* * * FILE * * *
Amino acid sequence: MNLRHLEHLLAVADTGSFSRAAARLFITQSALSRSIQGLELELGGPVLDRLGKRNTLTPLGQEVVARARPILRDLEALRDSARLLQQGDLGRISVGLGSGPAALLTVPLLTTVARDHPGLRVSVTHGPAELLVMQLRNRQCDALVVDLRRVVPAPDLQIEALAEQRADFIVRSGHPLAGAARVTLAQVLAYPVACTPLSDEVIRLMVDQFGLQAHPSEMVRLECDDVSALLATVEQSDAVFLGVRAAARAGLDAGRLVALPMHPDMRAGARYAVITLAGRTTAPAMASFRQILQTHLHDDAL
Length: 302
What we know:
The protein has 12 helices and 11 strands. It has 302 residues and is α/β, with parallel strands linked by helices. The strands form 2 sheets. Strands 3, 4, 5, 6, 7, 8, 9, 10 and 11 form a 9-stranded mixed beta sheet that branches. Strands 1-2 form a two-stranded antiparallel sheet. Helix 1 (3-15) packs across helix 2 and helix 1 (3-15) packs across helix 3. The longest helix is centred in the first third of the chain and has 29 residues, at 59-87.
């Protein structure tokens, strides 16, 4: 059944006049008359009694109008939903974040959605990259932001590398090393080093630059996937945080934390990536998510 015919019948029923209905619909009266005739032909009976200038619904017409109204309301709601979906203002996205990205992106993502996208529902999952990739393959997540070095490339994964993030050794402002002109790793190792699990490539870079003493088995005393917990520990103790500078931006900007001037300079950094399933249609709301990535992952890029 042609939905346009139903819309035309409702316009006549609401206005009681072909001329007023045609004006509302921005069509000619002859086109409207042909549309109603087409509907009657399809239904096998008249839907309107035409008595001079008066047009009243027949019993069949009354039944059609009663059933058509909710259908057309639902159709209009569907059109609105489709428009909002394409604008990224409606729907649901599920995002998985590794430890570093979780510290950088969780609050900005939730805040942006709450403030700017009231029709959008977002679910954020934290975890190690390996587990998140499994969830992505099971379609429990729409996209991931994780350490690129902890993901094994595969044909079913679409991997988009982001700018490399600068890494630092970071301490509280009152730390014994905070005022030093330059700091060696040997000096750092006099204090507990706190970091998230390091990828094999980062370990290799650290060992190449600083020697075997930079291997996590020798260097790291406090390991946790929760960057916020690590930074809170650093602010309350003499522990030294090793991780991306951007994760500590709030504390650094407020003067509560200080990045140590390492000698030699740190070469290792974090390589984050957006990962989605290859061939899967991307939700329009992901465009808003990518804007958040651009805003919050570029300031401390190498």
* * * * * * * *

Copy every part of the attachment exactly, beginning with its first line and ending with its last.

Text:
Amino acid sequence: MNLRHLEHLLAVADTGSFSRAAARLFITQSALSRSIQGLELELGGPVLDRLGKRNTLTPLGQEVVARARPILRDLEALRDSARLLQQGDLGRISVGLGSGPAALLTVPLLTTVARDHPGLRVSVTHGPAELLVMQLRNRQCDALVVDLRRVVPAPDLQIEALAEQRADFIVRSGHPLAGAARVTLAQVLAYPVACTPLSDEVIRLMVDQFGLQAHPSEMVRLECDDVSALLATVEQSDAVFLGVRAAARAGLDAGRLVALPMHPDMRAGARYAVITLAGRTTAPAMASFRQILQTHLHDDAL
Length: 302
What we know:
The protein has 12 helices and 11 strands. It has 302 residues and is α/β, with parallel strands linked by helices. The strands form 2 sheets. Strands 3, 4, 5, 6, 7, 8, 9, 10 and 11 form a 9-stranded mixed beta sheet that branches. Strands 1-2 form a two-stranded antiparallel sheet. Helix 1 (3-15) packs across helix 2 and helix 1 (3-15) packs across helix 3. The longest helix is centred in the first third of the chain and has 29 residues, at 59-87.
């Protein structure tokens, strides 16, 4: 059944006049008359009694109008939903974040959605990259932001590398090393080093630059996937945080934390990536998510 015919019948029923209905619909009266005739032909009976200038619904017409109204309301709601979906203002996205990205992106993502996208529902999952990739393959997540070095490339994964993030050794402002002109790793190792699990490539870079003493088995005393917990520990103790500078931006900007001037300079950094399933249609709301990535992952890029 042609939905346009139903819309035309409702316009006549609401206005009681072909001329007023045609004006509302921005069509000619002859086109409207042909549309109603087409509907009657399809239904096998008249839907309107035409008595001079008066047009009243027949019993069949009354039944059609009663059933058509909710259908057309639902159709209009569907059109609105489709428009909002394409604008990224409606729907649901599920995002998985590794430890570093979780510290950088969780609050900005939730805040942006709450403030700017009231029709959008977002679910954020934290975890190690390996587990998140499994969830992505099971379609429990729409996209991931994780350490690129902890993901094994595969044909079913679409991997988009982001700018490399600068890494630092970071301490509280009152730390014994905070005022030093330059700091060696040997000096750092006099204090507990706190970091998230390091990828094999980062370990290799650290060992190449600083020697075997930079291997996590020798260097790291406090390991946790929760960057916020690590930074809170650093602010309350003499522990030294090793991780991306951007994760500590709030504390650094407020003067509560200080990045140590390492000698030699740190070469290792974090390589984050957006990962989605290859061939899967991307939700329009992901465009808003990518804007958040651009805003919050570029300031401390190498």